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The AMSU-A was designed to measure the vertical temperature profile from the Earth’s surface to the upper stratosphere with its 15 channels ranging from 23.8 to 89 GHz (Table 1). The AMSU-A is a total power, line-scanning radiometer with an instantaneous field of view (FOV) of 3.3° at the half-power points. Its antenna provides a cross-track scan, covering 48.33° on each side of the nadir direction with a total of 30 Earth FOVs per scan line. These scan patterns and geometric resolution translate to a 45-km-diameter cell at nadir and a 2343-km swath width on the ground from the 833-km nominal orbital altitude.

We used the Aqua and MetOp-A AMSU-A daily gridded brightness temperature data archived at the NOAA/National Centers for Environmental Information (NCEI) in the Climate Data Record Program (https://ncdc.noaa.gov/cdr/fundamental) to generate temperature anomaly time series. The dataset was originally produced by the NOAA/Center for Satellite Applications and Research (STAR) group as an AMSU-A fundamental climate data record (38). In this dataset, intersatellite biases were minimized for the AMSU-A observations onboard multiple polar-orbiting satellites, including NOAA-15 to NOAA-18, Aqua, and MetOp-A. For Aqua, only a constant offset was added to its original swath radiances for each individual channel to minimize its differences from AMSU-A observations from other satellites (10). In this sense, this version of the Aqua data preserved the characteristics in the original operational calibration in terms of calibration drift, that is, no additional calibration drift was introduced to the Aqua data by the intercalibration effort. For MetOp-A AMSU-A, constant offsets and optimal nonlinear calibration coefficients were applied to minimize its differences from other satellites. Different calibration nonlinearity affects the seasonal cycles observed by the AMSU-A channels (10). It may also affect the observed climate trends that are expected to be more reliable with optimal calibration nonlinearity. Uncertainties associated with this effect are discussed in the analysis section.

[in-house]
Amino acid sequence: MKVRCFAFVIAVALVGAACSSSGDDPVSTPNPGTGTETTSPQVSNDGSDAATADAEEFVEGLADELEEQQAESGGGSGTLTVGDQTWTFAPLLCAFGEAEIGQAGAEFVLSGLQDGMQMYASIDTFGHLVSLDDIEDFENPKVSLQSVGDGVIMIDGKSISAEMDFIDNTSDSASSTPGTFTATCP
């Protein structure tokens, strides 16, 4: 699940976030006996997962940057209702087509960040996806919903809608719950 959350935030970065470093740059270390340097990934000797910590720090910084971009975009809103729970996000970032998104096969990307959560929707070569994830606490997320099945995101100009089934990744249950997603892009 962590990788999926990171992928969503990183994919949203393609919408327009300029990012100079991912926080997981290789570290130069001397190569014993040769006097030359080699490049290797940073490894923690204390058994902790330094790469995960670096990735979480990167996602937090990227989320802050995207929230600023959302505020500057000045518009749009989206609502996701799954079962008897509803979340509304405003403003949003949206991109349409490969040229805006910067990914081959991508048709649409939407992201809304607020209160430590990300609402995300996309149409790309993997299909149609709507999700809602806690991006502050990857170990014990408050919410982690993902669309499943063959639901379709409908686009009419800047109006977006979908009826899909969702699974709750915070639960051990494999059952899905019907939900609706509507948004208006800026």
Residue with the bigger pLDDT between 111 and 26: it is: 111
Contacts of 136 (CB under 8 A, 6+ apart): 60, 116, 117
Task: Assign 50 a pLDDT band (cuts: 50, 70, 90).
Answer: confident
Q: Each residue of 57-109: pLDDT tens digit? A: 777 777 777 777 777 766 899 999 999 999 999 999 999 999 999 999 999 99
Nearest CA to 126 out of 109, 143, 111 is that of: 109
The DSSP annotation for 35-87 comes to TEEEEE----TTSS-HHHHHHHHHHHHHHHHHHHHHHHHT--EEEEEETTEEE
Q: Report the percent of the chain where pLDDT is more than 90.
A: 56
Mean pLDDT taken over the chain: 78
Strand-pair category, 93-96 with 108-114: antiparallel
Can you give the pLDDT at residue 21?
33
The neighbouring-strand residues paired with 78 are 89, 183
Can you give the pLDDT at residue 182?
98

In addition to swath radiances at each scan angles, the NOAA/STAR AMSU-A fundamental climate data record contains limb-corrected brightness temperatures for Aqua, MetOp-A, and other satellites. A limb correction adjusts radiances at off-nadir view angles to those at the nadir direction. This adjustment allows the use of the off-nadir footprints in the same way as the nadir observations to increase observational samples and reduce noise and sampling-related biases in developing climate data record. The statistical algorithm developed by Goldberg et al. (39) was used for the AMSU-A limb adjustment, adjusting a target channel using adjacent channels. The NOAA/STAR AMSU-A daily gridded data were generated by accumulating and binning limb-adjusted AMSU-A brightness temperatures into grid cells with a resolution of 1° latitude by 1° longitude and then averaging them in daily intervals (38). Among the 30 FOVs in a scan line, only footprints from the scan positions 8 to 23 were used in the daily gridded products, because limb adjustments for these scan positions resulted in off-nadir biases of only 0.1 K (38, 40).

The Aqua and MetOp-A AMSU-A daily data contain files with ascending and descending orbits separately. We further averaged these daily data to derive ascending and descending monthly data with the same spatial resolution. We then calculated a multiyear average for each channel, which is referred to as the annual mean “climatology” throughout this study, for ascending and descending orbits separately and for their averages, by averaging data for the same month at each grid cell through the period from January 2012 to December 2016 (figs. S2 and S3). The period for this climatology is exactly the same as for the ATMS. This is important, as selection of different periods for climatology calculation will introduce signals not suitable for an apple-to-apple comparison of the anomaly time series. Temperature anomalies for ascending and descending orbits and for their averages were calculated for each grid cells based on their climatology. Global mean anomalies were an area-weighted average of the anomalies over the globe for ascending and descending orbits and their averages, respectively.

The archiving in NOAA/NCEI contains AMSU-A data from channels 4 to 14. Aqua AMSU-A channels 4 and 5 failed since September 2007 and April 2012, respectively. The failure in channel 5 affected the quality of limb adjustment for its adjacent channel 6. Therefore, we only compared Aqua/AMSU-A channels 7 through 14 to the ATMS data. Similarly, MetOp-A AMSU-A channels 7 and 8 failed since December 2009 and April 2016, respectively. The failure of these two channels caused quality issues for limb adjustments for their adjacent channels 6 and 9. As a result, we only compared MetOp-A/AMSU-A channels 4, 5, and 10 through 14 to the ATMS data.

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